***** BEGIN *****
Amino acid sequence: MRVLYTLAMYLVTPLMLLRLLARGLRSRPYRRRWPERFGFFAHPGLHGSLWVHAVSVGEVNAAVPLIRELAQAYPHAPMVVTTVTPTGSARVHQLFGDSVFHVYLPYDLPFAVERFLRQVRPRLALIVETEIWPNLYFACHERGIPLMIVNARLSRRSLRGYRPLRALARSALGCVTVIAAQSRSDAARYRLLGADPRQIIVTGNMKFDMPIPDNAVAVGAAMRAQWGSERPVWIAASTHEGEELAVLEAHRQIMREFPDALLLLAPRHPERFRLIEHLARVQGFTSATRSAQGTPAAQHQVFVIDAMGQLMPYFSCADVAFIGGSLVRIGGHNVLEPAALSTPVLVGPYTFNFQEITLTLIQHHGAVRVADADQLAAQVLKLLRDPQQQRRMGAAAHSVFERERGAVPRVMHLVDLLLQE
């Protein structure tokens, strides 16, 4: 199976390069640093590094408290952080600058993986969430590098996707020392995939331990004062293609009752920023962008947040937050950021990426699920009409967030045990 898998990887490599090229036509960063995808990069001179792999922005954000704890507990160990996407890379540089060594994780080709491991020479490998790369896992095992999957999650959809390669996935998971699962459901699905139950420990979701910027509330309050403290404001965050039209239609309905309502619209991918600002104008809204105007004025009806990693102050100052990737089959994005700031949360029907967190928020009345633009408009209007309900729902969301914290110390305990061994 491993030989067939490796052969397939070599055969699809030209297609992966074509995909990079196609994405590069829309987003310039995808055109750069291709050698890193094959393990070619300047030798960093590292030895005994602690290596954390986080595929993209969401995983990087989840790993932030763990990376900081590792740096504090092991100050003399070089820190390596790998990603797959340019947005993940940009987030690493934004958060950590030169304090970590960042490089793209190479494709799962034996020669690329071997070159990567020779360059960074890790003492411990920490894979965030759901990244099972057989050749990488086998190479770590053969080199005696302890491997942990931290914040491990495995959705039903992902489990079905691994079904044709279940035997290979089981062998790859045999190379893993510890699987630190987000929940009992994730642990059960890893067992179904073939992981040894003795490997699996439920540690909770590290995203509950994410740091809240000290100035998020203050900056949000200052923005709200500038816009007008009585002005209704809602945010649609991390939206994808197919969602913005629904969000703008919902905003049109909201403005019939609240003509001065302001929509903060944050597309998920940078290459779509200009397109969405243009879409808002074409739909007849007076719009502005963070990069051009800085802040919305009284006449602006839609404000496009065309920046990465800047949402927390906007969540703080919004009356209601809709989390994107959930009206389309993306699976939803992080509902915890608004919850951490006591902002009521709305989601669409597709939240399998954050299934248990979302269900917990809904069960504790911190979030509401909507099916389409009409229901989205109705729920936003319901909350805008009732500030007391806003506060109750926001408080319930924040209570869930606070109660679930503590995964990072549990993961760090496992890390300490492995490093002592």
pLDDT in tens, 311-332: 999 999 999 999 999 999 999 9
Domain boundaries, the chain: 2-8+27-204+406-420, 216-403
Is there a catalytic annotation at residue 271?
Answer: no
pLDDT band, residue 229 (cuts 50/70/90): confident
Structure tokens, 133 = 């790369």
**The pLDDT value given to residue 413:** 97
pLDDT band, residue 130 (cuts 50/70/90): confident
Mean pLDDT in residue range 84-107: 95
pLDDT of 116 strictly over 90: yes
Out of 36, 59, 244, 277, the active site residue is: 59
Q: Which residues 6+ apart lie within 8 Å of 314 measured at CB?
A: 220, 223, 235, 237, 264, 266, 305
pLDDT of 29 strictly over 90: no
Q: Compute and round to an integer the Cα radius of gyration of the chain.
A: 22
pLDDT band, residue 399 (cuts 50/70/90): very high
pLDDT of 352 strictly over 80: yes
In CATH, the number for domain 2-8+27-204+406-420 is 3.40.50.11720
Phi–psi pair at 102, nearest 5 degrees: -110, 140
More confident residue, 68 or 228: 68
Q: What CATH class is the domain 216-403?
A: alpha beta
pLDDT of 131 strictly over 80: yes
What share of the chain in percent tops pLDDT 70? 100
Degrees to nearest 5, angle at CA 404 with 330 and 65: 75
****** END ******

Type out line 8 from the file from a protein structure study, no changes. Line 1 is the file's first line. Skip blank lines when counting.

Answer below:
Structure tokens, 133 = 């790369």